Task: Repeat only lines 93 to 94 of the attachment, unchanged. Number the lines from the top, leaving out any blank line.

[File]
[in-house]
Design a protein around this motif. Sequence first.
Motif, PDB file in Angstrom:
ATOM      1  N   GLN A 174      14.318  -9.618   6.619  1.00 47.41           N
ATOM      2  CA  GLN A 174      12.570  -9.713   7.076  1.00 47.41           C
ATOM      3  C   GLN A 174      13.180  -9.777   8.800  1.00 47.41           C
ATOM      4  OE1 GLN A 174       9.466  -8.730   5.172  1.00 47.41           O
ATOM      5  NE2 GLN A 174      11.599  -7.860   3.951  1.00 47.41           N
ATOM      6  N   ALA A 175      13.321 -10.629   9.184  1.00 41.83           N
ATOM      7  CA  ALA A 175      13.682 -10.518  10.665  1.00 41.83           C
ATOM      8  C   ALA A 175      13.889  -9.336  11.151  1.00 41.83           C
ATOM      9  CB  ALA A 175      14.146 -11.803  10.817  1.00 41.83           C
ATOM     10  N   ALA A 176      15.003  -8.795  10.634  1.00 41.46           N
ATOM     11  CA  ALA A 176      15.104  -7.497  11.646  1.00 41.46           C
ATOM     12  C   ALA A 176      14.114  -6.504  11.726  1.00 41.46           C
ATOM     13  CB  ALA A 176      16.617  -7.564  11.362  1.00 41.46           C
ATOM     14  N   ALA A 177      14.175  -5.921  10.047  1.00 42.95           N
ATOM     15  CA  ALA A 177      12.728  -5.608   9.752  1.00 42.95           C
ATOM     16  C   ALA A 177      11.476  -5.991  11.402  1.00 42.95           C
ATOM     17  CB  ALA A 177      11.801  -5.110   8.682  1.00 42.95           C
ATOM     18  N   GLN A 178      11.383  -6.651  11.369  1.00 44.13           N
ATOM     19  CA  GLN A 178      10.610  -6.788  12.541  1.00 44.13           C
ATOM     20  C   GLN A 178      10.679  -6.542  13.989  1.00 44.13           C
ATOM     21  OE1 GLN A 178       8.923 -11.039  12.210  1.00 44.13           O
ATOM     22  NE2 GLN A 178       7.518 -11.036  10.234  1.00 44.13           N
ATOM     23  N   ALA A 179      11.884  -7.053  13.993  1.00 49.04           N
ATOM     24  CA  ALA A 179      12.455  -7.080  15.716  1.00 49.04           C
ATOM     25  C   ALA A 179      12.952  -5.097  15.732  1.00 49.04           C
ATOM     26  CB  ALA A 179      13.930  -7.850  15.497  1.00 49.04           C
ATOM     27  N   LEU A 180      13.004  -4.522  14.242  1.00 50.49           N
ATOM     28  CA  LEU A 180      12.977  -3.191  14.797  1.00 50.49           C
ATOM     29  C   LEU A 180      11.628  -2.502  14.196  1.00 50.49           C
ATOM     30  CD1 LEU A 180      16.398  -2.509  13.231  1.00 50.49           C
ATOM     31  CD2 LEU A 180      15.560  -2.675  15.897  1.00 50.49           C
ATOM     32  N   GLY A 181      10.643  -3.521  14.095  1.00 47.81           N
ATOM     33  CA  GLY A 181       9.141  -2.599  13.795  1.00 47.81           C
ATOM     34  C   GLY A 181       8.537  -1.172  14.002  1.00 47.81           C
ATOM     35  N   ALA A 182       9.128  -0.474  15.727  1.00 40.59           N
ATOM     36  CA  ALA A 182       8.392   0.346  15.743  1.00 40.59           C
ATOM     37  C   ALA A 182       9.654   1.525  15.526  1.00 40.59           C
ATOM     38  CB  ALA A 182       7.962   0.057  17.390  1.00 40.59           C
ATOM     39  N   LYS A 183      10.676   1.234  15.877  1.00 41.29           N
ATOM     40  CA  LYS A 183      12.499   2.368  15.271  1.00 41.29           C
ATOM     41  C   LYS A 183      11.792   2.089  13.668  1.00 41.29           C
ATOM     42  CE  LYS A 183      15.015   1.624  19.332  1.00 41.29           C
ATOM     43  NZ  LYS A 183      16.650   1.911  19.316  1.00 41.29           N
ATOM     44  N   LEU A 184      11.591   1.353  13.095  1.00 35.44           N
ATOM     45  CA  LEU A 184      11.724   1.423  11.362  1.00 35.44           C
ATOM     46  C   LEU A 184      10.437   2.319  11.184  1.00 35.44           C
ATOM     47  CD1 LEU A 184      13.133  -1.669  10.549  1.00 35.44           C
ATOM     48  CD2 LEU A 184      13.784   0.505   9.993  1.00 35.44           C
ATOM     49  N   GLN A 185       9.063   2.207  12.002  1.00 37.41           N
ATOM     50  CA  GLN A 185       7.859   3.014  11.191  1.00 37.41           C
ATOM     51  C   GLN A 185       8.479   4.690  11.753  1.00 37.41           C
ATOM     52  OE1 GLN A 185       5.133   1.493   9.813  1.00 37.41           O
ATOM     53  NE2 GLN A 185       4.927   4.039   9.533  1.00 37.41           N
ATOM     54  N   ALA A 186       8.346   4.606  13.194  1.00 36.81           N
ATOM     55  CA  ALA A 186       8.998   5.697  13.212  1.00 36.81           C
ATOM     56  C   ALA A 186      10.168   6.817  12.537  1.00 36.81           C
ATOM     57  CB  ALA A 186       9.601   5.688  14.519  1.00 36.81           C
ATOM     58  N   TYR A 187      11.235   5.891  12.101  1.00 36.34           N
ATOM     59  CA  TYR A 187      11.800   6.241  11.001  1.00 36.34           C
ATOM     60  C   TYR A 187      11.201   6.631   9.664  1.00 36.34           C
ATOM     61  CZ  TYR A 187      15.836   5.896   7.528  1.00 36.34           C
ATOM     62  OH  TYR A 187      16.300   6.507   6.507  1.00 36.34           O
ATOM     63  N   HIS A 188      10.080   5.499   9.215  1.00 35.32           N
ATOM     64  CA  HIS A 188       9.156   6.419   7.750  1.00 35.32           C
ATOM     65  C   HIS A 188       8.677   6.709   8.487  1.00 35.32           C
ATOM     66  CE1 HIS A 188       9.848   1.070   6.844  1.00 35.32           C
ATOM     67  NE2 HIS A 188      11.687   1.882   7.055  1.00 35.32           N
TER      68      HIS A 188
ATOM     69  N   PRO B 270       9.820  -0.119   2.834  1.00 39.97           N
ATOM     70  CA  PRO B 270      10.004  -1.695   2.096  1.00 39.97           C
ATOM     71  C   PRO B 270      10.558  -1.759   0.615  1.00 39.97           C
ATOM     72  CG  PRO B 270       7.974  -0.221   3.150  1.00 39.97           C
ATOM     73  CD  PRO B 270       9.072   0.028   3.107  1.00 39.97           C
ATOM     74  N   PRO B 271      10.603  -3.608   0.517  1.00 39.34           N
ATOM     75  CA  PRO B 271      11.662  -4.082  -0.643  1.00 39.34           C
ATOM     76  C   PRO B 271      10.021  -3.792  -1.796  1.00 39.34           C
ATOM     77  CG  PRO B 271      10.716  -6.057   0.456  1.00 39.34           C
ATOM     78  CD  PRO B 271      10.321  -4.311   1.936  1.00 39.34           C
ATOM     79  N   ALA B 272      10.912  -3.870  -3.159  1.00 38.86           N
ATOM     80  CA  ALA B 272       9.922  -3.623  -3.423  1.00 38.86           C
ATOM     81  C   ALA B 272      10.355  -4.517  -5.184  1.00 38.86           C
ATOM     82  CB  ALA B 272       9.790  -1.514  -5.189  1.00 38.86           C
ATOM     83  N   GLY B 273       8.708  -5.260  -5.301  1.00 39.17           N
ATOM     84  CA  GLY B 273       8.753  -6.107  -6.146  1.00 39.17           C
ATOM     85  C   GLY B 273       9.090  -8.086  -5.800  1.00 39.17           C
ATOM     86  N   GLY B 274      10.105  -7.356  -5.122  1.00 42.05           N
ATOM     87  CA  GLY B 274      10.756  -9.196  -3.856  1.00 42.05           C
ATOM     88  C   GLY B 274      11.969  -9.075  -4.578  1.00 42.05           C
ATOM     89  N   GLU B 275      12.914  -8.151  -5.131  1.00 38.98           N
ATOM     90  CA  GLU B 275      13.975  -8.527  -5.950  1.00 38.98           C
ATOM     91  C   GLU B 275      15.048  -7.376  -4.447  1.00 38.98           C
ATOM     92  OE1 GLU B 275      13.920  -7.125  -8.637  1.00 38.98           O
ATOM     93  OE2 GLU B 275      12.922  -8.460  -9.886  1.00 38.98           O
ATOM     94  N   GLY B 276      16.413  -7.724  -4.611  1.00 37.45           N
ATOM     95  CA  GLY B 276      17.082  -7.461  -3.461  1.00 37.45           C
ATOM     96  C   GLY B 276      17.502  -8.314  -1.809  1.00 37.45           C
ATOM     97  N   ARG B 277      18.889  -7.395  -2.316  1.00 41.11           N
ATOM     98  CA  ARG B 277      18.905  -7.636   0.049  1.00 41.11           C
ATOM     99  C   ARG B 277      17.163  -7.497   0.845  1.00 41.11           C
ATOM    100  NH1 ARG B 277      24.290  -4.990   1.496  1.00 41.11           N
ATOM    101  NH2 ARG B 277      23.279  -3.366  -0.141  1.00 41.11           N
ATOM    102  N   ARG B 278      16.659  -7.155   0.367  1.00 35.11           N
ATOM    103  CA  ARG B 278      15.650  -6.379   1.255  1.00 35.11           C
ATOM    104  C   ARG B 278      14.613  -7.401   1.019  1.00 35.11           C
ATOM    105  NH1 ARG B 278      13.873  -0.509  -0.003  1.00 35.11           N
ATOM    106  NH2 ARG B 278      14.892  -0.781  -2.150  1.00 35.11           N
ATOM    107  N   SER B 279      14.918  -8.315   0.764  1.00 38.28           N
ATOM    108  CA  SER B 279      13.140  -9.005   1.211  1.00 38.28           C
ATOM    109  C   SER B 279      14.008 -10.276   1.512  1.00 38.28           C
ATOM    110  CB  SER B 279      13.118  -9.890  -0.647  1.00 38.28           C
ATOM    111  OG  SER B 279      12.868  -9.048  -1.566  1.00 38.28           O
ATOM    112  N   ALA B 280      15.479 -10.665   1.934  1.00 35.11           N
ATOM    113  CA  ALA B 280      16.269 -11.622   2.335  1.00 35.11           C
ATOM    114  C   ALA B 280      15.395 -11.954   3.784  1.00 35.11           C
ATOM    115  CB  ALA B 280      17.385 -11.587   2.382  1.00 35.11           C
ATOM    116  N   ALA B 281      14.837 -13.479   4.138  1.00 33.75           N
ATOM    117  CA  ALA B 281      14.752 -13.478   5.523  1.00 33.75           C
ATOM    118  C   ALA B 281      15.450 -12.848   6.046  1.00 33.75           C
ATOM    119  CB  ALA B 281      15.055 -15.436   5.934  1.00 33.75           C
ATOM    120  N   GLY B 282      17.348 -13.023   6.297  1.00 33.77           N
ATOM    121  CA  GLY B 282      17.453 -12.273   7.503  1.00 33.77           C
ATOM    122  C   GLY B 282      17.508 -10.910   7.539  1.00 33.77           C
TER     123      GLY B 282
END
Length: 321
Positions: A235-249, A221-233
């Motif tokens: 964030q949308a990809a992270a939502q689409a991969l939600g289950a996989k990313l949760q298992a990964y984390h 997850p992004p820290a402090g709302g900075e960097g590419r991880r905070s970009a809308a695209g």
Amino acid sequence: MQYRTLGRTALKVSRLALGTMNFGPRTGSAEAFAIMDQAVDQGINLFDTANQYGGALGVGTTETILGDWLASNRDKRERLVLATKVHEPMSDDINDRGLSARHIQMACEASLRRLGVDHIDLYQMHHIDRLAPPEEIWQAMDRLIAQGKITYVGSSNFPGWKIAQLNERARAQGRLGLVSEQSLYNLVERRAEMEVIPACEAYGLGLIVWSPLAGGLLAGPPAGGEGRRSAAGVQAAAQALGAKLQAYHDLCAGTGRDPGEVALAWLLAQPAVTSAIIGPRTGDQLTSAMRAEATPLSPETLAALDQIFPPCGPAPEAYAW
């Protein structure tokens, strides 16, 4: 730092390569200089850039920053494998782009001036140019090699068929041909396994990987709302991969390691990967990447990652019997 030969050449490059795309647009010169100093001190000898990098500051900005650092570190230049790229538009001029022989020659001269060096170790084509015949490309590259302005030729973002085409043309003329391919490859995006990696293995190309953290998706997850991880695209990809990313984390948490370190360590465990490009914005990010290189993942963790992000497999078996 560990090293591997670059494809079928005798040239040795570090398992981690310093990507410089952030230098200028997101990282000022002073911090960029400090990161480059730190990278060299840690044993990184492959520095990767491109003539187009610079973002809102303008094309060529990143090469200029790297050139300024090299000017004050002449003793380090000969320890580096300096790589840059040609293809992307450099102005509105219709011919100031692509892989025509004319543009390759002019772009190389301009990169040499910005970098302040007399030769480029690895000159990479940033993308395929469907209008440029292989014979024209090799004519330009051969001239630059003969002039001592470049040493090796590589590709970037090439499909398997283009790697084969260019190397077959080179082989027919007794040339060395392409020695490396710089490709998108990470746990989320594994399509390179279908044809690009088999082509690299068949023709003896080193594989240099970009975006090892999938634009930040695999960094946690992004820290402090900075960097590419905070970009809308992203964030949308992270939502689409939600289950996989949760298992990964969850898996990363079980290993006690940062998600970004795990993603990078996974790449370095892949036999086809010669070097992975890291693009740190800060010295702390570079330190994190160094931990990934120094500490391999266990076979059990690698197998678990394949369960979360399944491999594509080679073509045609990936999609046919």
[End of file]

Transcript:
ATOM     90  CA  GLU B 275      13.975  -8.527  -5.950  1.00 38.98           C
ATOM     91  C   GLU B 275      15.048  -7.376  -4.447  1.00 38.98           C